:slight_smile: bandit: I agree with your first paragraph; I had never considered that scenario, and it seems to me to be best of his options. A “rational” (or good) monarch or leader would consider the consequences of his actions, especially with regards to his country, and its allies, enemies, and potential enemies.

As for your footnote, when it came to sex and bearing children, it was always the woman’s problem – even up till the mid- 20th century and later. Throughout most of our history, men have been in charge; men owned women throughout most of the 19th century; women were for cooking, cleaning, sex, and childbearing; if the childbearing didn’t meet with the man’s approval, it was her fault. After all, a manly man couldn’t possibly be to blame. (Actually, one might even understand why men believed that – after all, the child came out of the woman; ergo, she must have been the problem.)

He probably had more than one illegitimate child. And Katherine of Aragon conceived several times: besides Mary, they had a little boy who lived for about a month. If that baby had lived, the world would be different.

Henry was capable of kindness to people who didn’t cross him. Anne of Cleves cooperated with her divorce and Henry was generous to her.

Well, he wasn’t completely sterile,he just had bad luck when it came to healthy sons…he had at least 3 kids out of wedlock while he was married to his first wife…one with Elizabeth Blount…and 2 with Mary Bolelyn, Anne’s younger sister. And he did have a daughter with Catherine of Aragon ( wife 1). He knocked up Anne B twice but she had a daughter the first time and deformed stillborn son the second time.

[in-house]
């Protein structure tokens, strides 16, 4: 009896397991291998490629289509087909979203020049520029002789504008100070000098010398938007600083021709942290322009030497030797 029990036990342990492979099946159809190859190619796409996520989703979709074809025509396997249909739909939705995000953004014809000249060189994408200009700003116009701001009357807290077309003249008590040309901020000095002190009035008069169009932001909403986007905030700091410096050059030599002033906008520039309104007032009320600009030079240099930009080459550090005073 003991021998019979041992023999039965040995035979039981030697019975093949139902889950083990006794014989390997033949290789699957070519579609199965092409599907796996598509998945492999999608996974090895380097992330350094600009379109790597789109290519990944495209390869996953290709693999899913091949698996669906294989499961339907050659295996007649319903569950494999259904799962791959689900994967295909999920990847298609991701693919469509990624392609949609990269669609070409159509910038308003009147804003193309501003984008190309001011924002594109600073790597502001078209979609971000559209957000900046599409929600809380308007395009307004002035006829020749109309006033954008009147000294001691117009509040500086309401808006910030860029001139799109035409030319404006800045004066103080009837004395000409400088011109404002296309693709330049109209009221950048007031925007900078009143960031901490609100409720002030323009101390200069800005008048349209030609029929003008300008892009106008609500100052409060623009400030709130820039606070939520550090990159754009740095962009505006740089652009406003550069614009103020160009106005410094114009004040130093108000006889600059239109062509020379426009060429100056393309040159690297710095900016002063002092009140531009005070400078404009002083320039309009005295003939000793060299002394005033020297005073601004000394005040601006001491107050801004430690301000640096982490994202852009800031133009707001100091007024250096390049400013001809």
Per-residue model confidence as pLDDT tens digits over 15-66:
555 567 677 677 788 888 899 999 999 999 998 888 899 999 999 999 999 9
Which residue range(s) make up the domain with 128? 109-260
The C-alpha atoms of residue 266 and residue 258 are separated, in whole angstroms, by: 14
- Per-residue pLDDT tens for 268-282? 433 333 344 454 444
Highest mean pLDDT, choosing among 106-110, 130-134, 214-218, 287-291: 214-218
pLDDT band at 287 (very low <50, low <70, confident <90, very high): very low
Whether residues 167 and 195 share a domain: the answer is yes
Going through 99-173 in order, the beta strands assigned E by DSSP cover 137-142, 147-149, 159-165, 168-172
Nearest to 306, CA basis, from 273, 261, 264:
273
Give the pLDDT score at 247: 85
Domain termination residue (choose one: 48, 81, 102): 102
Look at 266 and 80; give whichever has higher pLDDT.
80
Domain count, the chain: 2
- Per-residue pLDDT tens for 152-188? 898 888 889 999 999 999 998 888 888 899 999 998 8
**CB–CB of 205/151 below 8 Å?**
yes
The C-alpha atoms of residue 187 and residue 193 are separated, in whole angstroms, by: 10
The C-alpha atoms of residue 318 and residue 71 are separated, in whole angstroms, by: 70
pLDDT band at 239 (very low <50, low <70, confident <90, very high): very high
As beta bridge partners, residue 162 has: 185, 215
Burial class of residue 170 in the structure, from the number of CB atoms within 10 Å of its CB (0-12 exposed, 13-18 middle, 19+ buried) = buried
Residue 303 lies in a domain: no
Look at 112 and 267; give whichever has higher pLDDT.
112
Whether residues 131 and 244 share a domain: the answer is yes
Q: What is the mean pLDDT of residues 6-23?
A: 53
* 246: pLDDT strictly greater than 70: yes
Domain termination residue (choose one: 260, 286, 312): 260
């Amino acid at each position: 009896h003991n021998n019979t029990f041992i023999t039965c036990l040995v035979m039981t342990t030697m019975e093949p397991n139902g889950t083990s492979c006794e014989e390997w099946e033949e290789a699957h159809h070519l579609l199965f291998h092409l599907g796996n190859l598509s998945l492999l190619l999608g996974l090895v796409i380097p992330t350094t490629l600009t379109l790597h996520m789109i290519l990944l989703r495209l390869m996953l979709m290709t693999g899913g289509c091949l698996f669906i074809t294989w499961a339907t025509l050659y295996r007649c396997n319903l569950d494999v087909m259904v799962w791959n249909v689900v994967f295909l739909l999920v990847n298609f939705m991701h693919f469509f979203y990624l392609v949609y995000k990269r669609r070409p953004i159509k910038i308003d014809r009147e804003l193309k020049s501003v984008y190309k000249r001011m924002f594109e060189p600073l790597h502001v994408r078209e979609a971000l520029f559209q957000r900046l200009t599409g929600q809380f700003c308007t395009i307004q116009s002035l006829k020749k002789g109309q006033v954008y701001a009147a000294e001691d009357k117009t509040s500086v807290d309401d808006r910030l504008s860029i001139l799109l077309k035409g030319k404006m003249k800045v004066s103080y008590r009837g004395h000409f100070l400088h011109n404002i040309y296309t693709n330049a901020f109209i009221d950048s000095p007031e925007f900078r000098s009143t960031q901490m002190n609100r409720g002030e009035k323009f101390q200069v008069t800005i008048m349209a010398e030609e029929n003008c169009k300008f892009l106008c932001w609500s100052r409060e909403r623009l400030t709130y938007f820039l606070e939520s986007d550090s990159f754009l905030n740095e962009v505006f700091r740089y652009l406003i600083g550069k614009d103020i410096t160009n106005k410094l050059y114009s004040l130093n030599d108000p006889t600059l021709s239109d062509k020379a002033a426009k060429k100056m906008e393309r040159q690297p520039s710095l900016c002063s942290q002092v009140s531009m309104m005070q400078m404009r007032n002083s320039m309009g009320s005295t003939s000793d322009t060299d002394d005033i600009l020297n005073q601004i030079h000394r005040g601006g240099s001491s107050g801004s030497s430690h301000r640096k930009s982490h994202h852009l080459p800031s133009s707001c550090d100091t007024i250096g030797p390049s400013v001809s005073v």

He got his son with wife 3 but he was sickly and died young, as did his son with Elizabeth Blount. I think Mary B’s son didn’t count because she was married to another man at the time.

Except for his daughter by this first wife, it is possible that none of his in-wedlock kiddies were really his. There was great pressure on these girls to get pregnant and Henry was grossly obese and in poor healthy during his last 3 or 4 marriages.

All of this is from memory, fee free to correct.

I don’t think he was really a psychopath but he wielded a type of unquestioned absolute power that doesn’t exist in this day and age. And the courts and court politics were cutthroat and high stakes. Life was just not as valuable back then…I find the amazing part of the story was the way parents kept throwing their teen-aged daughters (both executed queens were very young when they married the king) at the king despite the risks.